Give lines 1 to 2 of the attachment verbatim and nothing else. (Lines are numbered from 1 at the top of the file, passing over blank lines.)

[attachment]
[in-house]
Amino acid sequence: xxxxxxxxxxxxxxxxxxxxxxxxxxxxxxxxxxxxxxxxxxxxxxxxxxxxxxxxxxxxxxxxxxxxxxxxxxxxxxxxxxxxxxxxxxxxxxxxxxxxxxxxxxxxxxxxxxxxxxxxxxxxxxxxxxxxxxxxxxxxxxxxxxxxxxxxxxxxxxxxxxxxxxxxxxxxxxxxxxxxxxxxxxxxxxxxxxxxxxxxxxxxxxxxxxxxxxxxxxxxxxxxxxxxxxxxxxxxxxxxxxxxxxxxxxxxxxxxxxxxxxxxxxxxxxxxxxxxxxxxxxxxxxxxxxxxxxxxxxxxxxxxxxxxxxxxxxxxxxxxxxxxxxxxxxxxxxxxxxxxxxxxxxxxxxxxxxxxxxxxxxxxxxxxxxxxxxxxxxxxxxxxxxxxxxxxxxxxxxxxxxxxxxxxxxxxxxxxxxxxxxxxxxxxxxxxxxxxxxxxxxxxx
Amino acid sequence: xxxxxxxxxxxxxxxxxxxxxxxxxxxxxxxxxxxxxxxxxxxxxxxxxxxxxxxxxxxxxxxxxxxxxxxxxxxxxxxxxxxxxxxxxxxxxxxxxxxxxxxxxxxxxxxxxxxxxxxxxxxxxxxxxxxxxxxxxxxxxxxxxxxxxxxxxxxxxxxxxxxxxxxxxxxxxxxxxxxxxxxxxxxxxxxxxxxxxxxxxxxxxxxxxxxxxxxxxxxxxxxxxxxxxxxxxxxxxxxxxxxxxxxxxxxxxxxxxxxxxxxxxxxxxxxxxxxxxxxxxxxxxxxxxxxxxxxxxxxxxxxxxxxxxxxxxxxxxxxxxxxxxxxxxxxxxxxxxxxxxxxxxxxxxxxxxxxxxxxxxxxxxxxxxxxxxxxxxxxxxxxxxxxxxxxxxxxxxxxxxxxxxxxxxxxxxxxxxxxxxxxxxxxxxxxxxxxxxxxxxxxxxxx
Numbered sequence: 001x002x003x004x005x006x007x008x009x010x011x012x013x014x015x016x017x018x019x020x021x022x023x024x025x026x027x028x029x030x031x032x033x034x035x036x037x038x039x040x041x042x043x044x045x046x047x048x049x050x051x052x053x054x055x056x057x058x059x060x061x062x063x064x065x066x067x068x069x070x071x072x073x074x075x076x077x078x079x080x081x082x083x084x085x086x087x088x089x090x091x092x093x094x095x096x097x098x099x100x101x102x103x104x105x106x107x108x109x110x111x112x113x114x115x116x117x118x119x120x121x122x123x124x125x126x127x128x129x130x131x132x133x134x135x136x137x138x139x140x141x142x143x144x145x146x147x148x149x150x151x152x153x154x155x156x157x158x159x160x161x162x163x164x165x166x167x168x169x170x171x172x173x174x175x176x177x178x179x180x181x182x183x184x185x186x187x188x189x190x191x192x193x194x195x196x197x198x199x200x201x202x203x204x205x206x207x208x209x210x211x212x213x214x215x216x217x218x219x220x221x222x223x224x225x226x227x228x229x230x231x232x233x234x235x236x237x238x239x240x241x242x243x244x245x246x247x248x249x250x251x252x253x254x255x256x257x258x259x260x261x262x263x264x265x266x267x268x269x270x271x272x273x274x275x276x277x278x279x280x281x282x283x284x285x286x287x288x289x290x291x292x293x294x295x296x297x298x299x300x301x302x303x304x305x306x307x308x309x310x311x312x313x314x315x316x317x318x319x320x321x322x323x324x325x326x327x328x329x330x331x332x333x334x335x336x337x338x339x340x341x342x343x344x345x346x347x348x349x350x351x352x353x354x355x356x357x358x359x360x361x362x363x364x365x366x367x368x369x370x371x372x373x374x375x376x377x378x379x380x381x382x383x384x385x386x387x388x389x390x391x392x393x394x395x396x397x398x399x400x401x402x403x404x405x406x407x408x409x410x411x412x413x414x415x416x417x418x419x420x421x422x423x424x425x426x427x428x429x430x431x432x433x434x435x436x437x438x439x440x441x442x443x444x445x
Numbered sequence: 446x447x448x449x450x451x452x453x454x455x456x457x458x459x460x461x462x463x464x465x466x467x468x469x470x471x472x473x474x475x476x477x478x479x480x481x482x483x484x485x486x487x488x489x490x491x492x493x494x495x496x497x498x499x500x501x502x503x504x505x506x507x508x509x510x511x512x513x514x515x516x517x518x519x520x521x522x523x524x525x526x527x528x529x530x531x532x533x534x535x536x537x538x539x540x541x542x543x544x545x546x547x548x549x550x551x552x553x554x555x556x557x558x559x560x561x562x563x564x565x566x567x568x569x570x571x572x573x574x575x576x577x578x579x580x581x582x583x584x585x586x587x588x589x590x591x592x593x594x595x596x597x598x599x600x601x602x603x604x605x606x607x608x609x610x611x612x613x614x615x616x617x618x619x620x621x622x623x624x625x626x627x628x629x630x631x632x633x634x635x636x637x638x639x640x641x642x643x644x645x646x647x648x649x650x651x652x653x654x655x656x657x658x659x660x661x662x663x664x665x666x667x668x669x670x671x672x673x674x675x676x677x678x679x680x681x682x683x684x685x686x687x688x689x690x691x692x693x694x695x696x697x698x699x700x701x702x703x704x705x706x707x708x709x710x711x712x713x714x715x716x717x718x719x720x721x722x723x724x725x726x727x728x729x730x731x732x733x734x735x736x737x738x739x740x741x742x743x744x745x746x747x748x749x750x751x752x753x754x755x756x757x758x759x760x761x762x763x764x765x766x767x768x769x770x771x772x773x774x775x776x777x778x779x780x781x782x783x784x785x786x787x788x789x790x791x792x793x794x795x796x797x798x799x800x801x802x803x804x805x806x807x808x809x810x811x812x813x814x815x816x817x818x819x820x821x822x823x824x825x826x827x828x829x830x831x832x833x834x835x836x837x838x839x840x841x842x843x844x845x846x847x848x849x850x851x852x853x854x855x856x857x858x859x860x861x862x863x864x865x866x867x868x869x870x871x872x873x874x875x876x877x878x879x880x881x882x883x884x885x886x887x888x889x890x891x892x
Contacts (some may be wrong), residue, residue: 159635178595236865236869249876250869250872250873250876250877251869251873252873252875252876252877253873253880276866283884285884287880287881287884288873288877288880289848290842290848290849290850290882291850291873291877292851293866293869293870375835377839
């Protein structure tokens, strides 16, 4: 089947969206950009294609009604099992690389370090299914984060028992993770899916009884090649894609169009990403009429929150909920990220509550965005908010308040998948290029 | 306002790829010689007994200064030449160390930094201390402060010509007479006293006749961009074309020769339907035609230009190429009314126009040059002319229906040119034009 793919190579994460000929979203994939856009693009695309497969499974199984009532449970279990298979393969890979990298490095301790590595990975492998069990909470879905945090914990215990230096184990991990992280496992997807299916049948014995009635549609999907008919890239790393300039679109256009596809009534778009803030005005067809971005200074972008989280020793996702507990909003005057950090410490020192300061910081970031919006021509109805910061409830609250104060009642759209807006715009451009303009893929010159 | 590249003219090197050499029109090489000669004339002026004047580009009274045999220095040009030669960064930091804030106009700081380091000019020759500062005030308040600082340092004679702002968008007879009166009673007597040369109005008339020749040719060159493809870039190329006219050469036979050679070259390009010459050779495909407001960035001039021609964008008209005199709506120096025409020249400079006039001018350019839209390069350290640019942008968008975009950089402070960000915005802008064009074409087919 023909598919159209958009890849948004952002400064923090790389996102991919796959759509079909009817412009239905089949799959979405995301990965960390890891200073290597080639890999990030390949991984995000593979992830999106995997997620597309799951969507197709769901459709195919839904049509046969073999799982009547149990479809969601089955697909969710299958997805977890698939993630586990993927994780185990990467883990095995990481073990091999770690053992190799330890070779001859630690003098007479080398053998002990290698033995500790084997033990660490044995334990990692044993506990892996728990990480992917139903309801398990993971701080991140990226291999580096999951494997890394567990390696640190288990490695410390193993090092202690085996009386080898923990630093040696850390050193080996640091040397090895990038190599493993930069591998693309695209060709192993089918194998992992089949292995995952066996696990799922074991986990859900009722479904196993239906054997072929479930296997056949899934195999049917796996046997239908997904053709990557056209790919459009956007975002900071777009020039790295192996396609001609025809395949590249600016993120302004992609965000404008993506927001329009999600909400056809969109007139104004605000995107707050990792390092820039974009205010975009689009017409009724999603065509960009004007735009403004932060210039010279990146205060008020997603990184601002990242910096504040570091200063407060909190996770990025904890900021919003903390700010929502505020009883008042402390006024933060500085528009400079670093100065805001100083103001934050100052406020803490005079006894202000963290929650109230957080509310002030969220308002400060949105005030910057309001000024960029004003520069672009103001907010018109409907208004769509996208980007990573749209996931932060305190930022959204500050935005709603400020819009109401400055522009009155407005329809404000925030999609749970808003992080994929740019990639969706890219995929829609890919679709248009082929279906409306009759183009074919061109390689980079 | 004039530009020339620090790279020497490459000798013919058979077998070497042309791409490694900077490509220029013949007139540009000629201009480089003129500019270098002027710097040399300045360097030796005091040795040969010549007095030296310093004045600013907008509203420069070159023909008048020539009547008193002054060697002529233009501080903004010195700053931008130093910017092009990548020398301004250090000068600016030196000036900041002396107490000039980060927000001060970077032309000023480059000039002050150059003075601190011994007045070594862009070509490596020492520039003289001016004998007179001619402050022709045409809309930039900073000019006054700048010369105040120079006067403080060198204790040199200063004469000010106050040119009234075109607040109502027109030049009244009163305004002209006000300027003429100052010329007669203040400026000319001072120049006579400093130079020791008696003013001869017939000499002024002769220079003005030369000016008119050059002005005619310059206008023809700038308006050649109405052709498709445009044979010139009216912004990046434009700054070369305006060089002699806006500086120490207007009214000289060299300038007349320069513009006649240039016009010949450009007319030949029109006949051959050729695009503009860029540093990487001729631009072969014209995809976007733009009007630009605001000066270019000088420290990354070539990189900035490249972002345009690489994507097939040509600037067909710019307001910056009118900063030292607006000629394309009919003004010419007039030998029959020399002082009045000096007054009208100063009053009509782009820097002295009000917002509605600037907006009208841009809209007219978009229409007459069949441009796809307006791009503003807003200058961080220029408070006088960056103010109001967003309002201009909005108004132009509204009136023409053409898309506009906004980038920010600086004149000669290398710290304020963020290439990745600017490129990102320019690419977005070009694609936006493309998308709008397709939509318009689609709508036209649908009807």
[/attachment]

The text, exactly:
[in-house]
Amino acid sequence: xxxxxxxxxxxxxxxxxxxxxxxxxxxxxxxxxxxxxxxxxxxxxxxxxxxxxxxxxxxxxxxxxxxxxxxxxxxxxxxxxxxxxxxxxxxxxxxxxxxxxxxxxxxxxxxxxxxxxxxxxxxxxxxxxxxxxxxxxxxxxxxxxxxxxxxxxxxxxxxxxxxxxxxxxxxxxxxxxxxxxxxxxxxxxxxxxxxxxxxxxxxxxxxxxxxxxxxxxxxxxxxxxxxxxxxxxxxxxxxxxxxxxxxxxxxxxxxxxxxxxxxxxxxxxxxxxxxxxxxxxxxxxxxxxxxxxxxxxxxxxxxxxxxxxxxxxxxxxxxxxxxxxxxxxxxxxxxxxxxxxxxxxxxxxxxxxxxxxxxxxxxxxxxxxxxxxxxxxxxxxxxxxxxxxxxxxxxxxxxxxxxxxxxxxxxxxxxxxxxxxxxxxxxxxxxxxxxxxxxxxxxxx